Here’s the bad news upfront: it is unlikely that you will be able to start a PhD in that particular lab, at least before September.
By far, the most common way of funding a PhD in France is that the lab secures funding before the student is found. If the professor thinks it is not possible, they probably are right. EDIT: this might be domain-dependent. That is the case at least in physics, see comments.
I believe there is no specific funding for Indian students in mathematics. That belief is based from my quick search on that website, but I have not read carefully all the hits for the relevant filters (Indian nationality, PhD level, mathematics). Campus France is the PR agency / embassy of FR higher ed for foreign students, so their website is probably the best place to start any search.
The rest of the answer is more about generalities for the way PhDs are funded in France.
In STEM at least, École Doctorales (aka ED, the administrative structures in charge of PhD students) require a proof of funding for three years before they register a PhD student. The exact minimum level of funding required varies across EDs, but it is typically around €1000/month - for ED184, it is €800/month as of February 2022.
Therefore, grants that cover only one year of study, or only some minimal costs, are insufficient, unless you can stack enough of them.
You need to decide at which point of time you would accept to start your PhD. Most PhD positions are filled between September and December (September is in sync with the school calendar of finishing master’s students, but having interviews and finding the good candidate etc. can delay a bit). Asking in December usually means most of the spots are already taken.
If you are OK with a start in September 2022, and you did not mention that in your initial email, you should probably follow-up on your email with that information, asking the professor if they expect some funding to pop up by then. (Even if they answer positively, the usual job-search advice applies - keep looking for positions until you actually have one, do not fixate on getting a position in this particular lab; certainly do not waste six months of job-hunting just waiting to see if that position gets funded.)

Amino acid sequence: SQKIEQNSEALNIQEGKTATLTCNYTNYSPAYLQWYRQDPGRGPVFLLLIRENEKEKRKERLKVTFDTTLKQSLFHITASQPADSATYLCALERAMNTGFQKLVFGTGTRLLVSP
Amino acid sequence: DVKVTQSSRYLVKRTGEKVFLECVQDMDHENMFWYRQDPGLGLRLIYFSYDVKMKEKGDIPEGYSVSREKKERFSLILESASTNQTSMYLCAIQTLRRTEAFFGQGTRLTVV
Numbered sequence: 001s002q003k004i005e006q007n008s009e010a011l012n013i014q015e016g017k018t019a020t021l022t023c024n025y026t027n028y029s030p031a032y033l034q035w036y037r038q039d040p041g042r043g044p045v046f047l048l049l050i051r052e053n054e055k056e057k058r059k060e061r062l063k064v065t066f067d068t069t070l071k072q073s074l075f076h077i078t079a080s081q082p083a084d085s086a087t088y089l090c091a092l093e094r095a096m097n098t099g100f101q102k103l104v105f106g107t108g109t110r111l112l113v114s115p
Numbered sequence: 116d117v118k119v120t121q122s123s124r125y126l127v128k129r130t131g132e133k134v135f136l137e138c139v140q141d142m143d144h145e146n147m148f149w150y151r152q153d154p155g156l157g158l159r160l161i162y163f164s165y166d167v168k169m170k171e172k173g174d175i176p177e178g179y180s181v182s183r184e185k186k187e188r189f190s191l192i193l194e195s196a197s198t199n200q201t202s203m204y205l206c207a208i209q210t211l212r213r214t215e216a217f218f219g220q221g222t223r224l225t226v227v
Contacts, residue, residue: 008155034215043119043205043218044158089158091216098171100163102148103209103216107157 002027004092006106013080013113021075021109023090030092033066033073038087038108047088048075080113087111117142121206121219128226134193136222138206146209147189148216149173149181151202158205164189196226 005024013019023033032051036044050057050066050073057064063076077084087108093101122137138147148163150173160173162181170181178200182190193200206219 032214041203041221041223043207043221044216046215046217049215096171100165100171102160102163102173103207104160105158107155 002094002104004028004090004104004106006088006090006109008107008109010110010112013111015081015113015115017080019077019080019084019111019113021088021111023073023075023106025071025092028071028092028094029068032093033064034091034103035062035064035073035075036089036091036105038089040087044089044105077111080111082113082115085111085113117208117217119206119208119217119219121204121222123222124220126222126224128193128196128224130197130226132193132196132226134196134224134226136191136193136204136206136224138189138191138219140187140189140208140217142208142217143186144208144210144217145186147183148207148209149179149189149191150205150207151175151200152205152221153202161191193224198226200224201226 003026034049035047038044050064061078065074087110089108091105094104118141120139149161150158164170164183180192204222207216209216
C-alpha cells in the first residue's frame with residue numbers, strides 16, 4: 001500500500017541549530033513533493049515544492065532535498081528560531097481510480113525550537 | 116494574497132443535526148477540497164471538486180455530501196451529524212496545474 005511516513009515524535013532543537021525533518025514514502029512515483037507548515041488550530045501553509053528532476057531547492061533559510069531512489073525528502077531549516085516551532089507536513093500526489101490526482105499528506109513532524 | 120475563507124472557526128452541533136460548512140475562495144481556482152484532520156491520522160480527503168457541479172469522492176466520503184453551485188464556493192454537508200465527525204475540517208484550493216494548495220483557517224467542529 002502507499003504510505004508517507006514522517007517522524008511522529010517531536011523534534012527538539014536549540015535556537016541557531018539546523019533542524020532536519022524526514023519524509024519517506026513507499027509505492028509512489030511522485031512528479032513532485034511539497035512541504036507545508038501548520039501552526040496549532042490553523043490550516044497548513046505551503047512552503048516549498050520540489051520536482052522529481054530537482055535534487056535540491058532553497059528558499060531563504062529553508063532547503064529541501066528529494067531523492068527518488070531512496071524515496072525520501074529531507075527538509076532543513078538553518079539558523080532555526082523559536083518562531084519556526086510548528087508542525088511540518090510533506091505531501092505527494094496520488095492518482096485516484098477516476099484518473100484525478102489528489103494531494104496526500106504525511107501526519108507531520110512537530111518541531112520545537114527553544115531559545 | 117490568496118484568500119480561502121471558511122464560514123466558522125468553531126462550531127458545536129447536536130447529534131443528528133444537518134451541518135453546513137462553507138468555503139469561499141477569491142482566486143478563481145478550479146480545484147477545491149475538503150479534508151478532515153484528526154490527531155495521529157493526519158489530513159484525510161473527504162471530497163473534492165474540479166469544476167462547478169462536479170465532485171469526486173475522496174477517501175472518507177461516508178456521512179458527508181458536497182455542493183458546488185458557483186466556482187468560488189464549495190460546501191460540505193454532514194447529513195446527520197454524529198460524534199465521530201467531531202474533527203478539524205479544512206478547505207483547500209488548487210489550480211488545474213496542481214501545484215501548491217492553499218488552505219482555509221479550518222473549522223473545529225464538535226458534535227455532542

The "local situation" part seems intentionally vague, so I would not press on what that situation exactly is.
Funding: the most common scheme
EDIT: a large part of this section comes from my experience, which may not be representative of all STEM fields. In particular, the assertion that >90% of position open before the candidate is sought is probably incorrect in non-physics fields.
Usually, the lab secures funding prior to the PhD student arrival. This funding can come from a plethora of sources, but how strong you are as a candidate has zero influence over whether the lab can get them.
In contrast, there are many funding sources that are reserved to specific applicants, or require a joint application from the lab and prospective student. Those are rare, and usually very specific (students from some particular schools, military personnel, CNRS technician staff etc.). I would say those are <10% of PhD positions, probably <5%, though I could not find actual figures.
Of the pre-funded positions, some are filled from the master’s student pool from internship/classes, the rest are advertised and filled similarly to a non-academia job. I would think most of the positions that are advertised on the internet are actually open, because there is no requirement (that I know of) to publicize those (OTOH, tenured jobs must be publicized due to "open competition" rules, but will often be pre-filled by a local candidate, in which case applying is a waste of time). The job posting will have a fairly detailed outline of the research program (bibliographies and figures are not uncommon).
Unfortunately, I am not aware of an exhaustive central repository of open PhD positions (or open positions in math). Campus France has some, but it does not contain all positions. An exhaustive search requires to look for those on the university/lab websites, one by one - for instance, here are the postings at the place I did mine.
I am not sure every university website has English postings, and even among those that do, I would not trust every English translation to be correct, so I would advise to browse in French if you can and/or retranslate via machine tools the French original of whatever English posting seems interesting to you.
Impact of funding source on your day-to-day duties
I would not care much about the funding source while searching, but you may want to ask questions before accepting an offer. A few generalities from my limited experience:
- university/ED contracts usually mean significant teaching duties (might be a positive or a negative depending on how you see it); if you need a couple more months to finish the PhD beyond the official 3 years there is a decent chance to extend the contract in some fashion
- grant contracts (ERC or ANR [agence nationale de la recherche]) usually mean less or no teaching, but (from what I heard) are more red-tape-heavy
- CIFRE contracts (university/industry collab) usually mean better salary (compared to university contracts) and little to no teaching duties, but often entail rigid adherence to the research program (at the university, your professor cares that you publish good-quality science, but they will not care much if the topic is entirely different from what they thought it would be).